When it comes to Facebook harassment, knowing when to get the cops involved can be a tricky matter.
Generally, the line in the sand should be the point when the communication becomes threatening and causes you to fear for your safety.
Here are a few tips on when to call the cops to report Facebook harassment, and when it may be best to resolve the matter without the help of law enforcement:
Serious harassment via Facebook is worth calling the cops over, since such behavior could constitute a number of serious criminal offenses. Such offenses can include:
- Harassment. Online harassment entails using digital means to intentionally target others with behavior that is meant to alarm, annoy, torment or terrorize them. Most state laws require that the behavior cause a credible threat to the person's safety or his or her family's safety. In many cases, very serious instances of cyberbullying can count as harassment.
- Stalking. Cyberstalking is a specific type of harassment. In general, a victim must show a pattern of harassment via the Internet, email, text messages, or other means of electronic communication. A stalking conviction can result in a restraining order, probation, or even criminal penalties.
- Bullying. Online communication that is meant to intimidate someone can constitute bullying. Nearly every state has anti-bullying laws in place. Many states are adapting existing bullying laws or enacting specific cyberbullying laws to impose penalties for digital bullying, according to USA Today.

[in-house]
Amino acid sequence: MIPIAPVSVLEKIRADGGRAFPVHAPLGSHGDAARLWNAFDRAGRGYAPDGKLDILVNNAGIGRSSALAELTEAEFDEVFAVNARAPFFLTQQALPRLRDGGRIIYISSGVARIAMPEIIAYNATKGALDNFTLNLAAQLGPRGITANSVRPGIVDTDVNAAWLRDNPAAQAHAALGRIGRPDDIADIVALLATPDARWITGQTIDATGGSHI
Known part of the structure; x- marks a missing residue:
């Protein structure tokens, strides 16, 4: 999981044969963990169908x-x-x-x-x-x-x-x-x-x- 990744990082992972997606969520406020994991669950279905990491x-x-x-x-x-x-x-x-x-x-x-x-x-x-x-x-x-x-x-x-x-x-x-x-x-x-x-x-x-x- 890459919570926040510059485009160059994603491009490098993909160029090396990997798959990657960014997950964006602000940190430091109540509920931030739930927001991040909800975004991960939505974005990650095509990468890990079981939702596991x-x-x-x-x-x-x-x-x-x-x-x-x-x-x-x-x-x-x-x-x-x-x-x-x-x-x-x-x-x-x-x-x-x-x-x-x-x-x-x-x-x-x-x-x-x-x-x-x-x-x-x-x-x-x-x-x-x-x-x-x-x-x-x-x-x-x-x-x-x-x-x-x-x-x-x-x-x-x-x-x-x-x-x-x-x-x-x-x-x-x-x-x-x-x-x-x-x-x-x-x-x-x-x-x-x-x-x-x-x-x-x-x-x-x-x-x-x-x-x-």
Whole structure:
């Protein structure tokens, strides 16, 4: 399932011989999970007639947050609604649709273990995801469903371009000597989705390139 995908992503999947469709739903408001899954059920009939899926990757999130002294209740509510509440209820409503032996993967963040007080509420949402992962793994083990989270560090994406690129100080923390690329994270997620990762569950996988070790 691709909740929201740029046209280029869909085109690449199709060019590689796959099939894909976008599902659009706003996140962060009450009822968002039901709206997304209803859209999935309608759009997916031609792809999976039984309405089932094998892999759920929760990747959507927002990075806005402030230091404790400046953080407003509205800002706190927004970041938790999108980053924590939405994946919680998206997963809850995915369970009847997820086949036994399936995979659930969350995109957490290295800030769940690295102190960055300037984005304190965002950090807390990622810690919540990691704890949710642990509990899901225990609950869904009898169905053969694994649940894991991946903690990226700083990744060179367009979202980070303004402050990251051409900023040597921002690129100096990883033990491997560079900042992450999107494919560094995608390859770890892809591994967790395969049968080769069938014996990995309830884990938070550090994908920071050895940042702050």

- Hacking/identity theft. Several states make it illegal to obtain someone's personal identifying information (such as passwords) for any unlawful purpose. For example, a boy in California went to jail for hacking into a girl's Facebook account to add sexual comments to her Facebook page.
When Not to Call the Cops
There are certain times when calling the cops would be considered premature or even unnecessary.
If you can chalk the harassment up to a bad joke, that would be a time to keep the cops out of it. Remember, cops aren't particularly fond of being used as tools for teachable moments.
Instead, other routes may be more appropriate, such as meeting with the harasser's parents or talking to school officials.